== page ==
Investment committees are a little bit like fingerprints: they come in all shapes and sizes, and no two are exactly alike in form or function. So advisory firms that have investment committees – or are considering creating one – can learn a lot from one another. My research has identified some best practices for this flexible management tool, by comparing notes among advisors on how they are managing their IC teams.
Part one of this report identified ten reasons RIAs have investment committees (ICs), such as getting everyone in the firm to understand a common investment philosophy or brainstorming ways to produce alpha in client portfolios. But the widespread adoption of ICs is a recent phenomenon, and for many advisors the more difficult question than "why have an investment committee?" is "how do I make it worth my while?"
Let's look at how different advisors have structured their ICs and identify some of their most important features and practices. As you read, ask yourself: Will any of these ideas help me maximize my investment (of my own time and my staff’s) in my IC?
The size and scope of your committee
When I surveyed readers of my Inside Information service about the optimal size of their investment committees, responses tended to reflect the size of the practice. Smaller advisory firms reported committees consisting of a principal and a staff advisor. Others reported committees with three, four, five, six and ten members, and one said that the IC should include however many advisors and senior analysts you have in the firm, which will increase over time. "Each of our professionals participate," said Rick Adkins of the Arkansas Financial Group in Little Rock, Ark. "But," he added, "I don't know what you would do if you had forty professionals."
Tim Dwight, of True North Advisors in Dallas, argued that the key consideration is not the size of the committee, per se, but the diversity of advice. "The important thing is having people with different points of view, or different ways of looking at the world," he said. "You want to include different backgrounds, different levels of experience.”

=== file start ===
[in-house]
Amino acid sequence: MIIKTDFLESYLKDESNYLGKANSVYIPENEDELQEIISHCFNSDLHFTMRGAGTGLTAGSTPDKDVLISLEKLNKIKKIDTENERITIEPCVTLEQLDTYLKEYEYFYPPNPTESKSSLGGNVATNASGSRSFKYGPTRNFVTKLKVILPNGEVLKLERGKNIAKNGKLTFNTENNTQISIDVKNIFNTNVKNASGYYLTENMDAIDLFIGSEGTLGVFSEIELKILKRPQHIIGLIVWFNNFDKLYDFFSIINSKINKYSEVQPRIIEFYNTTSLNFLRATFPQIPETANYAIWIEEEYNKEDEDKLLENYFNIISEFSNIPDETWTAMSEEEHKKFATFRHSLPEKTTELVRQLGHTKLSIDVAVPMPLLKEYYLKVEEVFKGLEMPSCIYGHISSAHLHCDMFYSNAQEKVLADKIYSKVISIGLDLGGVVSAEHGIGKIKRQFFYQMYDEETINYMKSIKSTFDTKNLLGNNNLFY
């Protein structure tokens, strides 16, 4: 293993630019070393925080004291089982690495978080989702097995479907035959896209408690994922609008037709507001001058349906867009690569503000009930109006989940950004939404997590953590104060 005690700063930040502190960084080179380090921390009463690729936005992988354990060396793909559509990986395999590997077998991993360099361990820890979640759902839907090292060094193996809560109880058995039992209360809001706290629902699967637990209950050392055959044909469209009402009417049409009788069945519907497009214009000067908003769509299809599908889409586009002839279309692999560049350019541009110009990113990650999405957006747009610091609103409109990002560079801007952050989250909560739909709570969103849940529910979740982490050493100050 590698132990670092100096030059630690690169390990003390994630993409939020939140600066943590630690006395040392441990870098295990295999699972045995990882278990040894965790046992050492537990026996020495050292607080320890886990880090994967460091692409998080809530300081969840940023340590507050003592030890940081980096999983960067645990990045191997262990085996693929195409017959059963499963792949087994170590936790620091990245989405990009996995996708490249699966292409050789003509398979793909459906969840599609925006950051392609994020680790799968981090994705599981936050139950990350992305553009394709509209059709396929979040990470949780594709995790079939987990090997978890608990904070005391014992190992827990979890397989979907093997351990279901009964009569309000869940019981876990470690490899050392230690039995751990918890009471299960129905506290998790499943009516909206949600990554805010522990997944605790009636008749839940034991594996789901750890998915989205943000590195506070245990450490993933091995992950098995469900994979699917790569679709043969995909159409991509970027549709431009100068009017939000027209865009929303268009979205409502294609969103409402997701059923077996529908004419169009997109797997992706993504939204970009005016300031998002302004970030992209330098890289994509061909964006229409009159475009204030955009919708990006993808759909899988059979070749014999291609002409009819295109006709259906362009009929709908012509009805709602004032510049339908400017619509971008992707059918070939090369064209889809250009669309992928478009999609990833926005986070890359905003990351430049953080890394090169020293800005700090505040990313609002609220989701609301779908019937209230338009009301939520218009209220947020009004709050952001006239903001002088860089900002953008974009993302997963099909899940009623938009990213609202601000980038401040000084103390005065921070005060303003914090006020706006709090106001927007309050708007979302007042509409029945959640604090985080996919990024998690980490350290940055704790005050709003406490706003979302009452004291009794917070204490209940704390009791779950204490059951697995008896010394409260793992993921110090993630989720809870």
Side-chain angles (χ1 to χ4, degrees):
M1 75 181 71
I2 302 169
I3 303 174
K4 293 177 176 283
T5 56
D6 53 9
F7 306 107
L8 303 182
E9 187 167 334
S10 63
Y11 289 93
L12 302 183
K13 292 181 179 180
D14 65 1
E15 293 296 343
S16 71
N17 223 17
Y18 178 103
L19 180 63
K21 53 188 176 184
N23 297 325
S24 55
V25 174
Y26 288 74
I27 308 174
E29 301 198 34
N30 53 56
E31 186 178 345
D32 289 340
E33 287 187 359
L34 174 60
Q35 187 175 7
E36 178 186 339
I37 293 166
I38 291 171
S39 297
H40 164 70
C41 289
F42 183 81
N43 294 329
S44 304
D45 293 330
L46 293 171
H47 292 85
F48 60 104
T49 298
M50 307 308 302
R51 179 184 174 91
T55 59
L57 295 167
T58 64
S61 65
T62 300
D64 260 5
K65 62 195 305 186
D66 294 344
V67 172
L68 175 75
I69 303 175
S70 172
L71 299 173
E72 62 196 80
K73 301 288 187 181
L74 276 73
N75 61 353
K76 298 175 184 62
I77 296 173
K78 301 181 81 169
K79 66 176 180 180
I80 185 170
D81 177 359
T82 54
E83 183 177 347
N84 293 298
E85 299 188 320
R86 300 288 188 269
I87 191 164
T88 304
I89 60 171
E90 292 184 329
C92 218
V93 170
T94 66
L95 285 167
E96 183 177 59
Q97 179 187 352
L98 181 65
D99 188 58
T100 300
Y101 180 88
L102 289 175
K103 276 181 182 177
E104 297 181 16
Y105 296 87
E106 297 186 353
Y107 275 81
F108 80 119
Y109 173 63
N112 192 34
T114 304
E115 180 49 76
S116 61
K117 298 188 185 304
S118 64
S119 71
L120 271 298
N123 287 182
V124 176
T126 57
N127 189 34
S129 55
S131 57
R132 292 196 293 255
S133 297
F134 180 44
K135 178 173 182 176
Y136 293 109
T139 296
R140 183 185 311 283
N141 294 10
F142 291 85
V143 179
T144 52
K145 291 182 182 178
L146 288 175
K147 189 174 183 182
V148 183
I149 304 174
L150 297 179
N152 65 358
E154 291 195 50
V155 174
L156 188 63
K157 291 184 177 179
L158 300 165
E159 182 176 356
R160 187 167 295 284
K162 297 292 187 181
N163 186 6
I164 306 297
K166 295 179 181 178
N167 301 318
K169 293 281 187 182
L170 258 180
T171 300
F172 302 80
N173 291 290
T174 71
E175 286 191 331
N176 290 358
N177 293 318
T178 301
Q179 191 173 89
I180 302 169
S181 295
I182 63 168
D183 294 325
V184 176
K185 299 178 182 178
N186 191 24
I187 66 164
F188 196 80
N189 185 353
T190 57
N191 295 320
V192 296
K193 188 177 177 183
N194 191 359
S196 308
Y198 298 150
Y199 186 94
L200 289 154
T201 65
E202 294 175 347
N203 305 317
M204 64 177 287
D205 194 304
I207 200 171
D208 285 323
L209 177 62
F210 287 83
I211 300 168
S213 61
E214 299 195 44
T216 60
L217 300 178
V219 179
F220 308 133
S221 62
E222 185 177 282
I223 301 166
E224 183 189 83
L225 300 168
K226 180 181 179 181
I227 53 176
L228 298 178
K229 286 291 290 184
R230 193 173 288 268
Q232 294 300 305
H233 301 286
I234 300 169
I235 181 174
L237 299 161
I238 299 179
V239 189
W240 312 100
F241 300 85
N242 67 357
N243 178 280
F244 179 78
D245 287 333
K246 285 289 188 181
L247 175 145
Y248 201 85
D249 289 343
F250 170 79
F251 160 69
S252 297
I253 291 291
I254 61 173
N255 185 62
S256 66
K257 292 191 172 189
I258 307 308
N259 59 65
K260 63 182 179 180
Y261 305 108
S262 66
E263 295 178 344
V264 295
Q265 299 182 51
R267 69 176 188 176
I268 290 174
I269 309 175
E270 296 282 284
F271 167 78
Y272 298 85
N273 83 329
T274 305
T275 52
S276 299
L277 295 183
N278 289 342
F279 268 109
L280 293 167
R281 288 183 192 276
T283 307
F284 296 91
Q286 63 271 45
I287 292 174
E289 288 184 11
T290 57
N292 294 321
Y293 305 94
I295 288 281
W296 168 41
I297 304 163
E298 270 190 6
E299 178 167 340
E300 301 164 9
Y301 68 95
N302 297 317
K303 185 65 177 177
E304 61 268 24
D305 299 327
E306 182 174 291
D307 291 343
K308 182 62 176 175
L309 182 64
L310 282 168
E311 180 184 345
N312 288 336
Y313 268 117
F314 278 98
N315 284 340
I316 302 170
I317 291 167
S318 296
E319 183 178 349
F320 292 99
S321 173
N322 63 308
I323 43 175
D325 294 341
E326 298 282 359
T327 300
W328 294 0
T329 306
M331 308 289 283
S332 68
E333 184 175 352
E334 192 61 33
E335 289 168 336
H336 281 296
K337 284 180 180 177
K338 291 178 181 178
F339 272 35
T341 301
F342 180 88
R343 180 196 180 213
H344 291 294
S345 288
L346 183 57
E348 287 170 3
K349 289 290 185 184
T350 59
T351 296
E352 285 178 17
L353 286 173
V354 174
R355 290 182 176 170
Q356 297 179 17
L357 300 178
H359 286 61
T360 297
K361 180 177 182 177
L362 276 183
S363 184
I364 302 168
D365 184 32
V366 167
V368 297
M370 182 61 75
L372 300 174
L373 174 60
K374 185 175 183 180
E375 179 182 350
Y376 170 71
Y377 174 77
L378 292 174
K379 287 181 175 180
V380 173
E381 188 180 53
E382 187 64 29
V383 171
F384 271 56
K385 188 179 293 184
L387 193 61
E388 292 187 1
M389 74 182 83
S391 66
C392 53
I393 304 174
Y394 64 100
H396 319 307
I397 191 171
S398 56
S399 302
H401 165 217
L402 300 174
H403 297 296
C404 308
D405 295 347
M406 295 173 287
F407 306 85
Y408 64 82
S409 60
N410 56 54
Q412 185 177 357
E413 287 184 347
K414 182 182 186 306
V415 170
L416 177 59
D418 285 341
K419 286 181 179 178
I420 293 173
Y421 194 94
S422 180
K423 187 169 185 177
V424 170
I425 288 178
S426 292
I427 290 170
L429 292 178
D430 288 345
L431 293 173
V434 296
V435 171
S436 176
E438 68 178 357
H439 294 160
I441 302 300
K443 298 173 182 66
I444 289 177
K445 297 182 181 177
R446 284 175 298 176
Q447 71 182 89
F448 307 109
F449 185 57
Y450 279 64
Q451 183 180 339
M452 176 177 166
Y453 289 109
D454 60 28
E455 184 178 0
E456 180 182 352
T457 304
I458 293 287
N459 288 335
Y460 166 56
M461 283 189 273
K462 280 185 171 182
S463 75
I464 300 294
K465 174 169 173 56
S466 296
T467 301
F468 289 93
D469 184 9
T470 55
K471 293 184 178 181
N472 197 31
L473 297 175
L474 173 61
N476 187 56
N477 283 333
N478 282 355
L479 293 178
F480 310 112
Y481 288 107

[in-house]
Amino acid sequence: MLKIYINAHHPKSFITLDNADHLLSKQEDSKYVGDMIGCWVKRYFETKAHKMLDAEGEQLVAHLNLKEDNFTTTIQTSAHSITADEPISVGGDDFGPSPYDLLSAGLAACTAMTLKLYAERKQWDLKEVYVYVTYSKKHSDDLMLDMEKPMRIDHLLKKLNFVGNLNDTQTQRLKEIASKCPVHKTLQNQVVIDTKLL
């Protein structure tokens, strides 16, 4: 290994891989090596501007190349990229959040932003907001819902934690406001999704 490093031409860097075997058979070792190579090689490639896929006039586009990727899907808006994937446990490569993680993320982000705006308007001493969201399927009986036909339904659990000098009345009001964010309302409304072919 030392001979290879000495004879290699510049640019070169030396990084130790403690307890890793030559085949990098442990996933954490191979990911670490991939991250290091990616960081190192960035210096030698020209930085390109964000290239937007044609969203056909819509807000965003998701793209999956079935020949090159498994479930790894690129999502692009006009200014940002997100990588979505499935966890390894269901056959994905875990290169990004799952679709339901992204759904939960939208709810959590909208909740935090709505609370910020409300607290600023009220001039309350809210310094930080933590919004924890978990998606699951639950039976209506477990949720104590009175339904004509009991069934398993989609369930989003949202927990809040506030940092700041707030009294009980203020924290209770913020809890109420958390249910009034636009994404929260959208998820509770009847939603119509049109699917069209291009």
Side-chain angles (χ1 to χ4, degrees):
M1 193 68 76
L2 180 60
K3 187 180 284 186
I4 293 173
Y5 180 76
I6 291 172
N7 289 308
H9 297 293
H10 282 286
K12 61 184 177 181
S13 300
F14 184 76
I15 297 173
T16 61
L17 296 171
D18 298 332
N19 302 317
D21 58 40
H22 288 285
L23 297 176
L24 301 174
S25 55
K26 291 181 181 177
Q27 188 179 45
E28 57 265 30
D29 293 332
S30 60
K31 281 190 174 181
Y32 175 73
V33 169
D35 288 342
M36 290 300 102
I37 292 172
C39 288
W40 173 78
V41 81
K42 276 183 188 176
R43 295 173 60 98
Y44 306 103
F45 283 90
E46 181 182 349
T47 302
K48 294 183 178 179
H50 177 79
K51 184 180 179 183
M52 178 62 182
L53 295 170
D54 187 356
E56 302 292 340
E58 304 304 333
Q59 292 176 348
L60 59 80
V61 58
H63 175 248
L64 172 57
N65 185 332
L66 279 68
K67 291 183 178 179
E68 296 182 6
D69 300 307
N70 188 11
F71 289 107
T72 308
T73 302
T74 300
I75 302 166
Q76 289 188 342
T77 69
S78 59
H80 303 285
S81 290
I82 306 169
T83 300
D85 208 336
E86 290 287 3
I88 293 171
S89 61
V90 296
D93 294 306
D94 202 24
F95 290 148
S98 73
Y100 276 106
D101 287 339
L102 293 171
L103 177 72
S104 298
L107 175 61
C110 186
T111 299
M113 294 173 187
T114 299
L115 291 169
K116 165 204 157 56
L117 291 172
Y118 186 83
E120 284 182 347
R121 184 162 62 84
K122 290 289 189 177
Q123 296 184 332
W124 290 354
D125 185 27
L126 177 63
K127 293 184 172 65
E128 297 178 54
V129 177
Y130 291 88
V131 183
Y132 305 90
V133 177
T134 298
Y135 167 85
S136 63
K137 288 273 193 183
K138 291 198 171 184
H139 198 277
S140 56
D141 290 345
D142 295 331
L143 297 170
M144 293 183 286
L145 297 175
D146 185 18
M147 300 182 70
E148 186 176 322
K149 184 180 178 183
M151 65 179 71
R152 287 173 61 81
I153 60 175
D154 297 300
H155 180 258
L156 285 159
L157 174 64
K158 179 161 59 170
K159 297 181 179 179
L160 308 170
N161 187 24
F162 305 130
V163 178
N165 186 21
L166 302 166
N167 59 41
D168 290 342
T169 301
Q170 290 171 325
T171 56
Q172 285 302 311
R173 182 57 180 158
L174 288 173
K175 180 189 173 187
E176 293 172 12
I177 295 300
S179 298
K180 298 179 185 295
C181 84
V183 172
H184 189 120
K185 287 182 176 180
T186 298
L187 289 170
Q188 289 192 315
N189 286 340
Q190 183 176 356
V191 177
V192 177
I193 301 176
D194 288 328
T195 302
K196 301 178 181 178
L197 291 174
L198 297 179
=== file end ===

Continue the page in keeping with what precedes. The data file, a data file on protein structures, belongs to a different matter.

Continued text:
“You only want to include people who enjoy investments,” Dwight added. “That may sound crazy in this business but some people enjoy selling or visiting with clients, and for them, investing is a vehicle – not their passion. People without passion don’t add much to the conversation."
What roles are different members of the committee expected to play in the meetings? Once again, the answers were diverse. One approach is to give the research chores to one person, while the rest of the team provides analysis. In Adkins’ investment committee, he has one person prepare the information for the meeting, and the rest of the group discusses items and agrees on changes.
Phil Taggart of Taggart Financial Group in Houston, meanwhile, takes the opposite approach, having each member of his committee tackle whatever research projects fit their expertise. "Members of our committee may have from one to eight or ten areas of specialization," he said. Examples he gave were “macroeconomics, inflation, income, fixed income sector review, geographic review, capitalization review, timing and market technology."
Somewhere in between you find Elyse Foster, of Harbor Financial Group in Boulder, Colo., who advocated a flexible division of the research chores. "We split up by asset class, then by vendor," she said. "One person handles PIMCO and Oppenheimer, for example, so she gets to know the companies and representatives and products. We rotate the data-gathering on economic trends each month.”
How often do investment committees meet? That depends greatly on the firm. Pinnacle Advisory Group, in Columbia, Md., occupies the most frequent end of the spectrum; its investment committee meets twice a week. "Monday meetings are to address administrative and trading issues for the team as well as any writing or marketing commitments that must be met," said Ken Solow, the firm's chief investment officer. "We might also discuss weekend investment news. Wednesday meetings are for portfolio review and include discussions about portfolio performance, volatility, macro-economic issues, reviewing securities we own, discussing possible new investment ideas, etc."
At the other end of the spectrum, Mark Lamontagne, of Ryan Lamontagne, Inc. in Ottawa, Canada, said his investment committee meets quarterly. "But we move it to monthly in a bear market," he added.
If there is a pattern here, it may be that meetings tend to be more frequent as ICs take on more responsibilities. Often, this means a more complicated schedule that addresses different types of concerns in gatherings of different length. Take Peggy Cabaniss, of HC Financial Advisors in Lafayette, Calif., for example. Her IC holds two meetings at the beginning of every quarter, each of which lasts around two hours; additional, shorter meetings every Wednesday morning; and twice-annual client workshops.